The combination of a whole system view and specific actions within parts of the system is inherent in most meaningful games, and that is what makes iThink Thompson’s development tool of choice. “iThink has also allowed users to take a system dynamics view and an agent-based view using its powerful array capabilities of, for example, a single conversation with an executive,” he says. “A system dynamics perspective considers behavior of the whole system. An agent-based view shows you the interactions between the “agents” which make up the system. iThink combines both views into a single hybrid model that is much more powerful than models that offer just a single view.”
iThink also lets players remake decisions and see the impact of those decisions over time. “I can throw new problems or conditions at players to get them to change their approach,” explains Thompson. “Those aren’t things you can do with a spreadsheet.”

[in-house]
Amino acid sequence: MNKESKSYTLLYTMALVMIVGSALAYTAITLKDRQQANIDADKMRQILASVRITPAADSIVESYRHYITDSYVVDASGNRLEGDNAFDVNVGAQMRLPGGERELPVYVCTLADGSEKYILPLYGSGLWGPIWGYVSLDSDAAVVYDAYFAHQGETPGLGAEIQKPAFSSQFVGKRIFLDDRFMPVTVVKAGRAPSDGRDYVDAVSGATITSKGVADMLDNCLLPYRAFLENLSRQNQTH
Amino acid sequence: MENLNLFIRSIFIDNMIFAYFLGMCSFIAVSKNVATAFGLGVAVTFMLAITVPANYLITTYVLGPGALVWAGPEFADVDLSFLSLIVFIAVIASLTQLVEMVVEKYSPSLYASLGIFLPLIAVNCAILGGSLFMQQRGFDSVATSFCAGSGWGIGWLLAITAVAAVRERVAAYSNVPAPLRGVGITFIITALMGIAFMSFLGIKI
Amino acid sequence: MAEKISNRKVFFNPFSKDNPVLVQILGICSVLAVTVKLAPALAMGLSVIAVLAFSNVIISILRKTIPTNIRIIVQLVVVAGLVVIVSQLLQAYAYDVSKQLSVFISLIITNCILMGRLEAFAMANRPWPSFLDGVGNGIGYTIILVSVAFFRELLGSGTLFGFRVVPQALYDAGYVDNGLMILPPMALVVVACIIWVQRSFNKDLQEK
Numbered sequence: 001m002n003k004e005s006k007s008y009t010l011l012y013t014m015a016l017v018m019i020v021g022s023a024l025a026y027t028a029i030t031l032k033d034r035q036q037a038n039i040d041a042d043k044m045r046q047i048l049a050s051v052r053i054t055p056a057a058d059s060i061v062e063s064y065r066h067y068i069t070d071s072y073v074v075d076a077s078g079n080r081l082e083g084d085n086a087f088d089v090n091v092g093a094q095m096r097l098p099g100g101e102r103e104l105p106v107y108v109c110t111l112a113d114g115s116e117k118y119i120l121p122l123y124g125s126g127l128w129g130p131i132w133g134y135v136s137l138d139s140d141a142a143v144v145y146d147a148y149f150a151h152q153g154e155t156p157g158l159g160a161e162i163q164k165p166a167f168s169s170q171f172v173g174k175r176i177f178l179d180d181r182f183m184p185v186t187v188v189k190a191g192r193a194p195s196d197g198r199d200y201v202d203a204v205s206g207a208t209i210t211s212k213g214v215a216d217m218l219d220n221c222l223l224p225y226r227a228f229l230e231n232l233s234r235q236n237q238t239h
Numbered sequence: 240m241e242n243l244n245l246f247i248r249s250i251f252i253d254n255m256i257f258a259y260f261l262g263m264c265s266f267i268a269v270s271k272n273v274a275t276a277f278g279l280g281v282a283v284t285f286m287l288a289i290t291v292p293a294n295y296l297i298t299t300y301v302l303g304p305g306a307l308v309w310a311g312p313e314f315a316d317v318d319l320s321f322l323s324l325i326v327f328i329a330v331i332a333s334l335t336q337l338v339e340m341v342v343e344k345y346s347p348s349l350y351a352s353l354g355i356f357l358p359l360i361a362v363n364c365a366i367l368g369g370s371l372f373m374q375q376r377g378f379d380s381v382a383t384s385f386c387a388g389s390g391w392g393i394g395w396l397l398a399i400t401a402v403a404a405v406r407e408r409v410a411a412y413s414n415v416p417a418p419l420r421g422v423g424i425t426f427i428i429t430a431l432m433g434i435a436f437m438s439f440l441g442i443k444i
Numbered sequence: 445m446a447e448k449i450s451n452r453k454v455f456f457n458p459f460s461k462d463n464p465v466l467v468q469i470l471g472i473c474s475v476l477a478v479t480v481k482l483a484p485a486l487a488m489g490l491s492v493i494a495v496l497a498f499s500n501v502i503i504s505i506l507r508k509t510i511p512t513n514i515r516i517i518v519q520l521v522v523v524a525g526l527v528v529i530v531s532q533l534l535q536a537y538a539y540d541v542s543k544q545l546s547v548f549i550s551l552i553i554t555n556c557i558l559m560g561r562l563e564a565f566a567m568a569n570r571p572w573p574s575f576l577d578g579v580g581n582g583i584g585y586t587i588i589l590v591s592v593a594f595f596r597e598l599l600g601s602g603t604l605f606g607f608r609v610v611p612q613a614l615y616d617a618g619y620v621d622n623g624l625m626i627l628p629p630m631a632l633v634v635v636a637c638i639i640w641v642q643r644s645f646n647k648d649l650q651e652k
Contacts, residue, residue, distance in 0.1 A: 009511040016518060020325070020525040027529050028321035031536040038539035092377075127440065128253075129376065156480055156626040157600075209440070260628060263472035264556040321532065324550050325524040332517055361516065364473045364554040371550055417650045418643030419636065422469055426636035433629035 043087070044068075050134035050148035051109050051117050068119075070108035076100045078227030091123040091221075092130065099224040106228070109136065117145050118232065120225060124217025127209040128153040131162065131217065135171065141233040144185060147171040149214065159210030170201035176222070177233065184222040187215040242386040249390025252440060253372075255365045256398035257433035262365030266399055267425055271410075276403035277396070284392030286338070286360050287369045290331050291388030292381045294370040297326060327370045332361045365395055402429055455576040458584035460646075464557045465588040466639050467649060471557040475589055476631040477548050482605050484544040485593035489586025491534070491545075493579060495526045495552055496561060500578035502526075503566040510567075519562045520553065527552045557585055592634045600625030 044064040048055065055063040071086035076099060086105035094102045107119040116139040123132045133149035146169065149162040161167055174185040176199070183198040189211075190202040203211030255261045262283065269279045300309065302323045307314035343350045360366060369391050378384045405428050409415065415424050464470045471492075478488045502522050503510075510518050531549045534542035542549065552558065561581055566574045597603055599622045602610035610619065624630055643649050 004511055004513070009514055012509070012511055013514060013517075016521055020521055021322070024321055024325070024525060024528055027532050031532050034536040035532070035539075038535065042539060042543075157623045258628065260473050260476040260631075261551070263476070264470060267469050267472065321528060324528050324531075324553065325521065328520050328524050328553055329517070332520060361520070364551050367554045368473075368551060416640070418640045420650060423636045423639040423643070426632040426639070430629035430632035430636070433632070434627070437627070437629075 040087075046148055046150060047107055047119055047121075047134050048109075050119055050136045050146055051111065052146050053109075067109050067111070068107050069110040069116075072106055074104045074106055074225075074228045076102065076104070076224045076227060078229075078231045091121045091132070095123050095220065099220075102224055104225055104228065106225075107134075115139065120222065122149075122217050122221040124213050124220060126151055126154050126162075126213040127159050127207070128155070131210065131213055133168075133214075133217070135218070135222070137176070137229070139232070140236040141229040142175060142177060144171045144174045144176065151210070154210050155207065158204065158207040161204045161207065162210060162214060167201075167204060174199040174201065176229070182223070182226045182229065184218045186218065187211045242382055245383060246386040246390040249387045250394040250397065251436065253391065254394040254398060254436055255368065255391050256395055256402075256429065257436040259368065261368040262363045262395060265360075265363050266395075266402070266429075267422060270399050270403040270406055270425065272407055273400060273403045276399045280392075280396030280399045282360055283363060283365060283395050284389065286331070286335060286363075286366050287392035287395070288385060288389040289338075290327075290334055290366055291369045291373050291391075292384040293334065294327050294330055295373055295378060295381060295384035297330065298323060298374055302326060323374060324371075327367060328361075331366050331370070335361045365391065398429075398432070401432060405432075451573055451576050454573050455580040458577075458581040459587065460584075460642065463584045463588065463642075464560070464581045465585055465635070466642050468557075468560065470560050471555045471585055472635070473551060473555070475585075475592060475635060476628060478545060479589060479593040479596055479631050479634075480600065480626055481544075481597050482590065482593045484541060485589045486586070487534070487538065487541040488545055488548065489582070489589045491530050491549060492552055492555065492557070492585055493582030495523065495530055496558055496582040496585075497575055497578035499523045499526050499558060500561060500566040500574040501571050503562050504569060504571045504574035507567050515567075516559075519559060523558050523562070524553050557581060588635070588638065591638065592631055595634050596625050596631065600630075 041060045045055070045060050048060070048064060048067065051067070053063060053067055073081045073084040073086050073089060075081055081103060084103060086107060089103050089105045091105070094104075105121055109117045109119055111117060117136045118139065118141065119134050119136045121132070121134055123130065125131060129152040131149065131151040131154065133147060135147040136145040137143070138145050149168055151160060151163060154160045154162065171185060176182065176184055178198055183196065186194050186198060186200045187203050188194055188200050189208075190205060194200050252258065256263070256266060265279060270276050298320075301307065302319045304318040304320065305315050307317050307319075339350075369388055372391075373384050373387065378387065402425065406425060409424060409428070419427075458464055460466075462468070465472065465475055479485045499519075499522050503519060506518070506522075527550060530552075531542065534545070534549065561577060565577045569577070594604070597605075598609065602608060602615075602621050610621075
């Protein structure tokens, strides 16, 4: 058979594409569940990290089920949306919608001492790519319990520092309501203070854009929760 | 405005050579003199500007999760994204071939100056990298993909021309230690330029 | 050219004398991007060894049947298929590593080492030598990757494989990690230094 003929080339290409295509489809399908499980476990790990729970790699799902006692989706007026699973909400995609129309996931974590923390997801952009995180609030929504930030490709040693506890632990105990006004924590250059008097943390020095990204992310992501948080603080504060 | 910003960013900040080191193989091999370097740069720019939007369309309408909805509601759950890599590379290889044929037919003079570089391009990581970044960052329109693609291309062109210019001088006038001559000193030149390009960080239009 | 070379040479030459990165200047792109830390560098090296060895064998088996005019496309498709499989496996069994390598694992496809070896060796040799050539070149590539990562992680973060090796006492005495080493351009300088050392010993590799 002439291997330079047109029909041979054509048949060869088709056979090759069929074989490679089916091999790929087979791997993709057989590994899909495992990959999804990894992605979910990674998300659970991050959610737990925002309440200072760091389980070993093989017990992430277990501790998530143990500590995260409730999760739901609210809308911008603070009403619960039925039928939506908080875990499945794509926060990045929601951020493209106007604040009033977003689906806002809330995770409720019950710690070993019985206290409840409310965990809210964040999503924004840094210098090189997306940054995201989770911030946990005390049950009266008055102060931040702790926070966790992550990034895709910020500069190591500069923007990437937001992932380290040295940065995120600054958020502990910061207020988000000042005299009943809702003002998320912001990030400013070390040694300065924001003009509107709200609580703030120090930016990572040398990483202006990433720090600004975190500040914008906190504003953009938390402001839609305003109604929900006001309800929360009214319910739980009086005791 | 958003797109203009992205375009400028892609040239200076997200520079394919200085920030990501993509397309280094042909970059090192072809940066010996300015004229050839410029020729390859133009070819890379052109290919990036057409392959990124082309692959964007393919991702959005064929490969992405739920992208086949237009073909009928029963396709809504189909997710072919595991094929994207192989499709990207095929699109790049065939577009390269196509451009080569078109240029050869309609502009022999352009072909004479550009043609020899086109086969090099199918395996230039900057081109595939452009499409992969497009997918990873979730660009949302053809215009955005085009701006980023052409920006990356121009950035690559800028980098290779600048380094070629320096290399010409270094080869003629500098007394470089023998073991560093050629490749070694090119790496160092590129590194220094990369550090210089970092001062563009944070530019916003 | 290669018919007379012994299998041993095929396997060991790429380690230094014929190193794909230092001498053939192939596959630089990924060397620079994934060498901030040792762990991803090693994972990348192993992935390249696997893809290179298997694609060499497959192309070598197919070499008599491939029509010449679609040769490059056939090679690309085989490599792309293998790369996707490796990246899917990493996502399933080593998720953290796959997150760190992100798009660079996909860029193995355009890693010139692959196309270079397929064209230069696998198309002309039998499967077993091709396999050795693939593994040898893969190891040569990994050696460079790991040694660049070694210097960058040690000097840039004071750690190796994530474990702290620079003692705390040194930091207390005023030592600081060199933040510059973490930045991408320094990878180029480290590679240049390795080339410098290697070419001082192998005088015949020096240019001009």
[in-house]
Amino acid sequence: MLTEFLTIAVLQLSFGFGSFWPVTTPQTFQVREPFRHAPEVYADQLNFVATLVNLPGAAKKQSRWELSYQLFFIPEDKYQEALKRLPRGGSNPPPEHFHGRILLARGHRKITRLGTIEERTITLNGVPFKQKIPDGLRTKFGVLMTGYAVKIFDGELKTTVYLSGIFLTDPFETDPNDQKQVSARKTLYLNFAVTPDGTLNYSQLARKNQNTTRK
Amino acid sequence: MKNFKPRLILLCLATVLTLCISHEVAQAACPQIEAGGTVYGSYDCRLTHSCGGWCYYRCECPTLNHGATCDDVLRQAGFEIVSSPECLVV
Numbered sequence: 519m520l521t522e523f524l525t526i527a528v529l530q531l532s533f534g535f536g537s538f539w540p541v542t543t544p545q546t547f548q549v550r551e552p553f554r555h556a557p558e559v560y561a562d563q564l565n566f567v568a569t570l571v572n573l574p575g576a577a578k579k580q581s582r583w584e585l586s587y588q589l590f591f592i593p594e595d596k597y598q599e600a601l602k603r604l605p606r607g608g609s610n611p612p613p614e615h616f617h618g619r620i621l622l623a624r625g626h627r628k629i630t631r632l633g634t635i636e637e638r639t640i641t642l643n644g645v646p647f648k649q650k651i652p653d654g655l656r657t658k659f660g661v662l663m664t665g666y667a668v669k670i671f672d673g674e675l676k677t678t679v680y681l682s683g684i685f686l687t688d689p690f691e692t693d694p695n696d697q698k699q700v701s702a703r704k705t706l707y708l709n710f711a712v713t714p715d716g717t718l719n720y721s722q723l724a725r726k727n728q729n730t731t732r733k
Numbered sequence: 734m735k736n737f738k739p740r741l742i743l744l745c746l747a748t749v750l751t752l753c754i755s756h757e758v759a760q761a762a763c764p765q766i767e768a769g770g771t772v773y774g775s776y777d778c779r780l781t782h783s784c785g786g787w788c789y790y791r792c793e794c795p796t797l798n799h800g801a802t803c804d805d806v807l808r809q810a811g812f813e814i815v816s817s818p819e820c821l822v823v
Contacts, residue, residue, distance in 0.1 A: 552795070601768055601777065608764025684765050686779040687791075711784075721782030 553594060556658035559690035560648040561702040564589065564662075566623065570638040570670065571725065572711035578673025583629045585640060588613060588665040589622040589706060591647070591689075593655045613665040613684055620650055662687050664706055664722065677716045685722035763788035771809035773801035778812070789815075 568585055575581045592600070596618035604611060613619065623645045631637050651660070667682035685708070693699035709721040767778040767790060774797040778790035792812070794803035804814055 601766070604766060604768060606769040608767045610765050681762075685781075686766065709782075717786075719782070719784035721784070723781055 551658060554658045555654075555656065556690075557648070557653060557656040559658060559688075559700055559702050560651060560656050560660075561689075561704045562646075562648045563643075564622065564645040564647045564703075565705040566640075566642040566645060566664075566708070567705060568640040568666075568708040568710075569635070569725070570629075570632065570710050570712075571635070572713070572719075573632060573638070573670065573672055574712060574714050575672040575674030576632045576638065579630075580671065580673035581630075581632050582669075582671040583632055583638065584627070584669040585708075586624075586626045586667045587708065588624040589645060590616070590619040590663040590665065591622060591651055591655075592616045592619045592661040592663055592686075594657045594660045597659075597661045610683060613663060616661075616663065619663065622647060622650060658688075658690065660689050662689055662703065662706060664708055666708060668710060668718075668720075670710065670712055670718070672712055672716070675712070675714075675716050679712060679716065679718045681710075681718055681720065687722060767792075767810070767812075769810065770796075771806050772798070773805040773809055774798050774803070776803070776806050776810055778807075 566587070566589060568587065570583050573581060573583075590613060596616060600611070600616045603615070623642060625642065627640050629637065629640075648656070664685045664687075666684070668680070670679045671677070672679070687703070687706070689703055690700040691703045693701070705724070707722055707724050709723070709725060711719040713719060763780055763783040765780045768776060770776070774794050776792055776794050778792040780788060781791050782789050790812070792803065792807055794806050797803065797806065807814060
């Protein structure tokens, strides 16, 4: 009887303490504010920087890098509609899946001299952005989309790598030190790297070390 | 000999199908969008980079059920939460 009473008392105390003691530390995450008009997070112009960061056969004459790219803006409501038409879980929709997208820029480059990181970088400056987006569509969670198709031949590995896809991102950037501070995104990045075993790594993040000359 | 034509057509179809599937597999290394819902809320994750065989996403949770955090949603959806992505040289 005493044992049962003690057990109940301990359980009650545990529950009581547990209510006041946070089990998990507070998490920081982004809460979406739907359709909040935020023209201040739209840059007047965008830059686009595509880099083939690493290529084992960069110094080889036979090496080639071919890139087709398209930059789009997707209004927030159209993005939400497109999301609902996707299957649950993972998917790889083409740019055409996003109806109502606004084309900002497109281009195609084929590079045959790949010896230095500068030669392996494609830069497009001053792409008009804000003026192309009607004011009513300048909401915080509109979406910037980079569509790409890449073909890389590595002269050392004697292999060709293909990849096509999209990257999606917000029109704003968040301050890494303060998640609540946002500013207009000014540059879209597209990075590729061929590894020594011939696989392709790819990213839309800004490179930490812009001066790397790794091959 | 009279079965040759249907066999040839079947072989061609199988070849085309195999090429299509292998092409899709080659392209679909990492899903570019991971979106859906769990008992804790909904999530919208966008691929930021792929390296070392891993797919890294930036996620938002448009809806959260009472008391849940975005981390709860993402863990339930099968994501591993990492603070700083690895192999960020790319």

isee systems’ NetSim allows Thompson to easily share his games among multiple participants without having to install software on their laptops. His games often take advantage of audio, video, images and other content to explain how the game is played, describe a player or team’s progress, or provide context.
“Clients love games that are based on their own businesses,” says Thompson. “They’ve been great tools for getting people to think about operations management and change management or learn new skills together, often from each other, in order to build strong, successful business teams.”